U.S. regulators took over two banks on Friday and sold them to Mutual of Omaha Bank, the sixth and seventh bank failures this year as financial institutions struggle with a housing bust and credit crunch.
Two weeks after the Federal Deposit Insurance Corp seized IndyMac Bancorp Inc., the Office of the Comptroller of the Currency said it closed First National Bank of Nevada and First Heritage Bank NA of California.
First National, characterized as undercapitalized, had total assets of $3.4 billion and $3 billion in deposits. First Heritage, described as critically undercapitalized, had assets of $254 million and $233 million in deposits, regulators said.
Bill Uffelman of the Nevada Bankers Association said Friday the FDIC action “is a reflection of the times for the banks. It’s a poor economy.”
Uffelman cautioned against the sort of consumer concern that prompted many customers of IndyMac Bank branches to wait for hours in line to withdraw funds across Southern California last week after that bank was seized by federal regulators. All FDIC-insured bank deposits are guaranteed by the FDIC up to $100,000, he noted.
Nevada Gov. Jim Gibbons said the bank takeover will be closely monitored in Nevada “to ensure there’s minimal disruption to business and that employees’ jobs are protected as much as possible.”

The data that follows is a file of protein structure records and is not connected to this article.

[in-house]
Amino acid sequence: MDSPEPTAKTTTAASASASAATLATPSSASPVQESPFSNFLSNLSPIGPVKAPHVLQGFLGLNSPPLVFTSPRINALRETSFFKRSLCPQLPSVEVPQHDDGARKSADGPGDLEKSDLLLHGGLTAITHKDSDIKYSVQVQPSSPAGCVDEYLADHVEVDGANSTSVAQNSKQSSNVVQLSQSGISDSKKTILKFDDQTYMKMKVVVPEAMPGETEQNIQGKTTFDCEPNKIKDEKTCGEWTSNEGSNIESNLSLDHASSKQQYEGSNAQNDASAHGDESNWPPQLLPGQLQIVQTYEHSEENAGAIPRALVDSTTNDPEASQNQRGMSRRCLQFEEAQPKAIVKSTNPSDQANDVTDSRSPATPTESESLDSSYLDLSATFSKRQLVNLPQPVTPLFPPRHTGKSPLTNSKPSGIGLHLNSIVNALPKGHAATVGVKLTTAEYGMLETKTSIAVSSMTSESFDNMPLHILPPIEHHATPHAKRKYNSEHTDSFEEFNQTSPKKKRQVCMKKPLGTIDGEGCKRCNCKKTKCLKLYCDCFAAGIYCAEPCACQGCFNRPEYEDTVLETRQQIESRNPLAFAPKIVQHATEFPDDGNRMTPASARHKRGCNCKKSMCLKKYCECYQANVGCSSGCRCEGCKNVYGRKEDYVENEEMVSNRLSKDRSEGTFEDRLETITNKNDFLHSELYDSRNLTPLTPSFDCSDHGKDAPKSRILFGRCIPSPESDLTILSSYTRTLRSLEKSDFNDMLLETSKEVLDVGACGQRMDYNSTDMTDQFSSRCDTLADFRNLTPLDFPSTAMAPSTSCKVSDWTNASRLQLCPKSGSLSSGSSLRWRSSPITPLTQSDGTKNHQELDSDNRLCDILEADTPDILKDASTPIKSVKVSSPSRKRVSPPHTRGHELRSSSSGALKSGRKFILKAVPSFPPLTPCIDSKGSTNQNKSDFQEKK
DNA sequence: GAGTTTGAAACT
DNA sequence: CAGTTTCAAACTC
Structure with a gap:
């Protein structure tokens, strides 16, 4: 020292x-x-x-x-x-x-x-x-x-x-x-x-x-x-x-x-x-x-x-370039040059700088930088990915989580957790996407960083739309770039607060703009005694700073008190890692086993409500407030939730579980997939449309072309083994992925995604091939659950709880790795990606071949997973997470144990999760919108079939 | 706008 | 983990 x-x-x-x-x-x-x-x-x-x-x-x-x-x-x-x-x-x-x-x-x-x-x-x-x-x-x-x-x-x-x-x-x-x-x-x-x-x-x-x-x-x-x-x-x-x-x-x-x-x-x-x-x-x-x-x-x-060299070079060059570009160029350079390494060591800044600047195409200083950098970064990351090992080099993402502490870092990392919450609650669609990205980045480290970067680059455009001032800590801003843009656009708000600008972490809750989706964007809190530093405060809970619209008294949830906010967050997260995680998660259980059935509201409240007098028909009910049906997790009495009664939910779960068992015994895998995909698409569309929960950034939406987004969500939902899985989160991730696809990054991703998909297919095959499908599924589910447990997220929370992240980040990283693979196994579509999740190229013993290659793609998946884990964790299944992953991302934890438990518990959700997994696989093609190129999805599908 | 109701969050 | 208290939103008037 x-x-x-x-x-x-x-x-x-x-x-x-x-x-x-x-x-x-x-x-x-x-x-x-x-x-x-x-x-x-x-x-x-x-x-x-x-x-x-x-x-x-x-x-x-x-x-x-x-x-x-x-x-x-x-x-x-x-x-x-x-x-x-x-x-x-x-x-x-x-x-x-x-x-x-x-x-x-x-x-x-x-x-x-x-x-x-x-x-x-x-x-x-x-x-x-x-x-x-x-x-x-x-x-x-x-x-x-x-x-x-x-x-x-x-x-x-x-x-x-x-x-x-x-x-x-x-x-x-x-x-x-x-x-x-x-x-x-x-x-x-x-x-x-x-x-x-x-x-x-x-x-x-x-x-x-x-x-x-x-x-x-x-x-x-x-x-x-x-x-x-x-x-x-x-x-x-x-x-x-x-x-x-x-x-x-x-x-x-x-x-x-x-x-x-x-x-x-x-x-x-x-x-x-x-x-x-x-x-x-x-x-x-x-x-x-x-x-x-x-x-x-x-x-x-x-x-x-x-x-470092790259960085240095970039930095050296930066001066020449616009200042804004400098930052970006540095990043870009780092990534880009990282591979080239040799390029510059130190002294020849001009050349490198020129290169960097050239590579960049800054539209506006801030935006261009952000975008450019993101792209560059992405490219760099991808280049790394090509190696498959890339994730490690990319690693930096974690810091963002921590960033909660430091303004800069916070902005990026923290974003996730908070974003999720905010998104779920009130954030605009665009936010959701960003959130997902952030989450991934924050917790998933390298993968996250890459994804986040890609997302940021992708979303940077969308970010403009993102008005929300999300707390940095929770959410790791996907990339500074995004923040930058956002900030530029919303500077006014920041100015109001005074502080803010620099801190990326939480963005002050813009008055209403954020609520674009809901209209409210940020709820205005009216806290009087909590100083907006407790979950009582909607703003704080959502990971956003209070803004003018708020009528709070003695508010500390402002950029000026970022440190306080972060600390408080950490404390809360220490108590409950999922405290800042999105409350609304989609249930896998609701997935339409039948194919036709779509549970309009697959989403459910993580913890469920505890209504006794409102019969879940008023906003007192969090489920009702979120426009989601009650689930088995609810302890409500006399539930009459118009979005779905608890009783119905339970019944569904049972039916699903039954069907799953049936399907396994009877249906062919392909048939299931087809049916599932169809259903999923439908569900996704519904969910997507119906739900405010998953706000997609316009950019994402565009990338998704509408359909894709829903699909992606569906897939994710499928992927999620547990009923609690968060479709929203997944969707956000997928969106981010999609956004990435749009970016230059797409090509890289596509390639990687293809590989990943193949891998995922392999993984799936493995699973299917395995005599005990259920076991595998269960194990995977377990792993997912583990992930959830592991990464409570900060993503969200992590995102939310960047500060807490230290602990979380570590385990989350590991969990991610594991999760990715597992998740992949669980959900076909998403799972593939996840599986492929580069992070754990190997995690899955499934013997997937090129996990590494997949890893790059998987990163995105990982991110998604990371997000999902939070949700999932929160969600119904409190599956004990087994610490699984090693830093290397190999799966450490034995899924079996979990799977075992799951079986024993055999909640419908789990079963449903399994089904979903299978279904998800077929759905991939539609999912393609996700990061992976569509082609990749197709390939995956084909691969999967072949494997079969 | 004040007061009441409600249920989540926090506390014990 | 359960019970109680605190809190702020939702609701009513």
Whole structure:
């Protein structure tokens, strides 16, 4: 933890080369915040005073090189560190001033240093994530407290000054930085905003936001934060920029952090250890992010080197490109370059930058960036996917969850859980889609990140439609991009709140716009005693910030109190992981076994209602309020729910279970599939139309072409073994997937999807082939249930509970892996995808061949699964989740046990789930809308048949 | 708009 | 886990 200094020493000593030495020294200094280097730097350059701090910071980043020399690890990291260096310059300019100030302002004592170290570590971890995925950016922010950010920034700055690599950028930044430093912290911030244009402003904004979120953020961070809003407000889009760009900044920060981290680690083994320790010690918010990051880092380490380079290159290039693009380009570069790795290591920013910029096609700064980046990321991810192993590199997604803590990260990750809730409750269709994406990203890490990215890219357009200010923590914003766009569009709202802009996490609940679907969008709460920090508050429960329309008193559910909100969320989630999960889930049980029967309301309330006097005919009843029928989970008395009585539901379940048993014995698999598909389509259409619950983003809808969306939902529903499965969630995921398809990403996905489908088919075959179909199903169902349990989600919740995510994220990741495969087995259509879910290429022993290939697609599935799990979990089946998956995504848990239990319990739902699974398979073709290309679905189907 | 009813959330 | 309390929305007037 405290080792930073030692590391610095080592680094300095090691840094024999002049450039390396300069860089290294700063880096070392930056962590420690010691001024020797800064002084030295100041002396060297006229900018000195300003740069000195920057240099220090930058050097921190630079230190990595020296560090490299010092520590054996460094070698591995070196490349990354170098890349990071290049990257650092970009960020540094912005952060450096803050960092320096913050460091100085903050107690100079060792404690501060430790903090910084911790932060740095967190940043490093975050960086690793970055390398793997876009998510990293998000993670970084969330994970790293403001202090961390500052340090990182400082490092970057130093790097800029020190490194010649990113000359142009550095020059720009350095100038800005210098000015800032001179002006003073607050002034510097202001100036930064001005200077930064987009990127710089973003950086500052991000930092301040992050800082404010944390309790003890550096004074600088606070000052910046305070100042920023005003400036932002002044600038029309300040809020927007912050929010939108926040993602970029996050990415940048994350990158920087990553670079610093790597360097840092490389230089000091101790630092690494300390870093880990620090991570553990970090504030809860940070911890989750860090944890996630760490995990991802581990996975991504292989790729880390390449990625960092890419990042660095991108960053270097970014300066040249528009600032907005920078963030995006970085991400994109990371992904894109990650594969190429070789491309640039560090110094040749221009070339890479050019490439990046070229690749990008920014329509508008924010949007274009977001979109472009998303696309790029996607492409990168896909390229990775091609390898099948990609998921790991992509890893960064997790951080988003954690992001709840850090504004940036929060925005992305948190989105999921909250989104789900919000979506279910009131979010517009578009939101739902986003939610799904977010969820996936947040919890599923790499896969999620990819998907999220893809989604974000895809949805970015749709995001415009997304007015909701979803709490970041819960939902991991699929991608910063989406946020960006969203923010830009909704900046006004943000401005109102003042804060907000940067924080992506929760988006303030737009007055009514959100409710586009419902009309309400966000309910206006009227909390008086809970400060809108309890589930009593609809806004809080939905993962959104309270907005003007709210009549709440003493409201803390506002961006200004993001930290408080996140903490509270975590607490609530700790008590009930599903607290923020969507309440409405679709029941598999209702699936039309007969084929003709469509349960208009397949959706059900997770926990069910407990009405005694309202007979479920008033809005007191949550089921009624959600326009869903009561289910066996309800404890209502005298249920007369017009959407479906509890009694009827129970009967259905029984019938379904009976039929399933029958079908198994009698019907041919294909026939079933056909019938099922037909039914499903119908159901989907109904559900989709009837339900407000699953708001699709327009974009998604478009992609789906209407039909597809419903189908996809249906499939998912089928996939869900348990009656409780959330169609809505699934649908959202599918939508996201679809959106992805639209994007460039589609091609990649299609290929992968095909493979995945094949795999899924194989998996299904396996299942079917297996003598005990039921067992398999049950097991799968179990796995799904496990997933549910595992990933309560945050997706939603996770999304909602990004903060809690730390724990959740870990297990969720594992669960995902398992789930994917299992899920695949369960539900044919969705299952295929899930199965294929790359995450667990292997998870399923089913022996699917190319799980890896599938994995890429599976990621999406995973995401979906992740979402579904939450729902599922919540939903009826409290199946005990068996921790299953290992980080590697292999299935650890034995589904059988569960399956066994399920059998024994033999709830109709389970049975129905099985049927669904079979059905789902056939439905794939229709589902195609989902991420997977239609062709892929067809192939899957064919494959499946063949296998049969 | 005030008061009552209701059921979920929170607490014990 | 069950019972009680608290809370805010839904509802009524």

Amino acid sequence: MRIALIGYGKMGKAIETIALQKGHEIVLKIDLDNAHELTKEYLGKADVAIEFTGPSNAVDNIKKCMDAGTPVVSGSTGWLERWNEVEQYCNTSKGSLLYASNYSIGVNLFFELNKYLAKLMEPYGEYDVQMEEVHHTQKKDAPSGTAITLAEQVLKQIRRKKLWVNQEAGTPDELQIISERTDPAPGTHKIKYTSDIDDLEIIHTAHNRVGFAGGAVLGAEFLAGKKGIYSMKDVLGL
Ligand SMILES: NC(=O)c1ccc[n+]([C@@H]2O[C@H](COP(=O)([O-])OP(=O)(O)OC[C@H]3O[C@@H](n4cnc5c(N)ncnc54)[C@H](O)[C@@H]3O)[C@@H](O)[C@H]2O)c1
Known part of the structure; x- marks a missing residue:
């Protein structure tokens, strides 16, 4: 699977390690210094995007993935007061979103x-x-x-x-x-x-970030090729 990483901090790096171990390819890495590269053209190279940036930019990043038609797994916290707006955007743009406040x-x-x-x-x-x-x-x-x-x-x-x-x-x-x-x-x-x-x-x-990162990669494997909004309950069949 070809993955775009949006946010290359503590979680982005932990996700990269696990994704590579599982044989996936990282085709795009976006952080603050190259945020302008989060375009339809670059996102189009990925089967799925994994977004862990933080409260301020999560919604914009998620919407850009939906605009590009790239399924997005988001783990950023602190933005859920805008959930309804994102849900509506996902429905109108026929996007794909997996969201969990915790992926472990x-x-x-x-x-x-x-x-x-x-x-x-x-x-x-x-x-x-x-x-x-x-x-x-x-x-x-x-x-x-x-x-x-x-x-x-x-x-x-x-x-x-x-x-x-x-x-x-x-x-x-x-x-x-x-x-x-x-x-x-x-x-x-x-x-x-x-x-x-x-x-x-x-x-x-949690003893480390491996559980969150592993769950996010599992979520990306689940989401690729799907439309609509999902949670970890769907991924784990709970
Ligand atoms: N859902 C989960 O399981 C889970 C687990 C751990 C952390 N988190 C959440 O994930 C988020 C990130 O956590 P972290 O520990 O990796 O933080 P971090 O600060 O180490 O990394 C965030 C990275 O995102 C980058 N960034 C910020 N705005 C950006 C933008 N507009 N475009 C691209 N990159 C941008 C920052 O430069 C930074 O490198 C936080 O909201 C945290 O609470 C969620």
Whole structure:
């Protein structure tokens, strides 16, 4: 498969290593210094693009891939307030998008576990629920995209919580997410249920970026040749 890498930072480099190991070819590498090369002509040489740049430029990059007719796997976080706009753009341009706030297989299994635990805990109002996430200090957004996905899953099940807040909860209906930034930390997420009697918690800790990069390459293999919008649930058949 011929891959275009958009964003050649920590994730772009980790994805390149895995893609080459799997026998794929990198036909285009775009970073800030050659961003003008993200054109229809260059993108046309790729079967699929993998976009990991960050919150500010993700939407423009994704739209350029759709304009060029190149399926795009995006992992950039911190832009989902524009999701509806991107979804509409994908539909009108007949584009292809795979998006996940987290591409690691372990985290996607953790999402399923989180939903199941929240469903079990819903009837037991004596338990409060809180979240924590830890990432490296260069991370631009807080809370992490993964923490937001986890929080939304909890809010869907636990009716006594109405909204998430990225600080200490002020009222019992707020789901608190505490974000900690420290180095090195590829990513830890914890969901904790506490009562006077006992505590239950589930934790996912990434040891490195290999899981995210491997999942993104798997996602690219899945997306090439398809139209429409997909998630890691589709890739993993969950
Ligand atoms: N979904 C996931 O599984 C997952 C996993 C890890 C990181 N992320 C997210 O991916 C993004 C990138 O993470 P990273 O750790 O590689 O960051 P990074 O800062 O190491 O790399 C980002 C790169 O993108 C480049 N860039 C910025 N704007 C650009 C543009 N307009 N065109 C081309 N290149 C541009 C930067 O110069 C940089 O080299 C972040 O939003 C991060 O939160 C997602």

The FDIC said the cost of the transactions to its insurance fund is estimated to be $862 million, adding that the two failed banks represent just 0.3 percent of $13.4 trillion in total industry assets at about 8,500 FDIC-insured institutions.
The FDIC said the 28 offices of the two banks will reopen on Monday as Mutual of Omaha Bank. Over the weekend, customers can access their money by writing checks, using automatic teller machines or debit cards.
Mutual of Omaha Bank currently has more than $750 million in assets and operates 14 retail branches in Nebraska and Colorado with commercial lending offices in Dallas and Des Moines, Iowa, the FDIC said.
It is a subsidiary of Mutual of Omaha, a 99-year-old insurance and financial services company with more than $19 billion in total assets.
Warnings of more failures
Top banking regulators have warned of additional insolvencies this year and next, but for now do not expect failures the size of IndyMac, which had $32 billion in assets and $19 billion in total deposits at the end of March.
IndyMac, the third largest U.S. bank failure, was regulated by the Office of Thrift Supervision and is expected to deplete the FDIC's insurance fund by between $4 billion and $8 billion.
IndyMac is being run by the FDIC while the agency looks to sell its assets.
The FDIC oversees an industry-funded reserve of about $53 billion used to insure up to $100,000 per deposit and $250,000 per individual retirement account at insured banks.
The agency also has a running tally of problem banks that its examiners closely monitor. At the end of the first quarter, 90 institutions were on the list that is expected to be updated next month.
First Heritage of Newport Beach, California, had three branches with customers comprised mostly of corporations, while First National of Reno, Nevada, had 25 branches. Both were owned by First National Bank Holding Co of Scottsdale, Arizona.
In addition to assuming all the deposits, Mutual of Omaha Bank will purchase about $200 million of assets and pay the FDIC a 4.41 premium to assume the deposits.
None of the entities are publicly traded.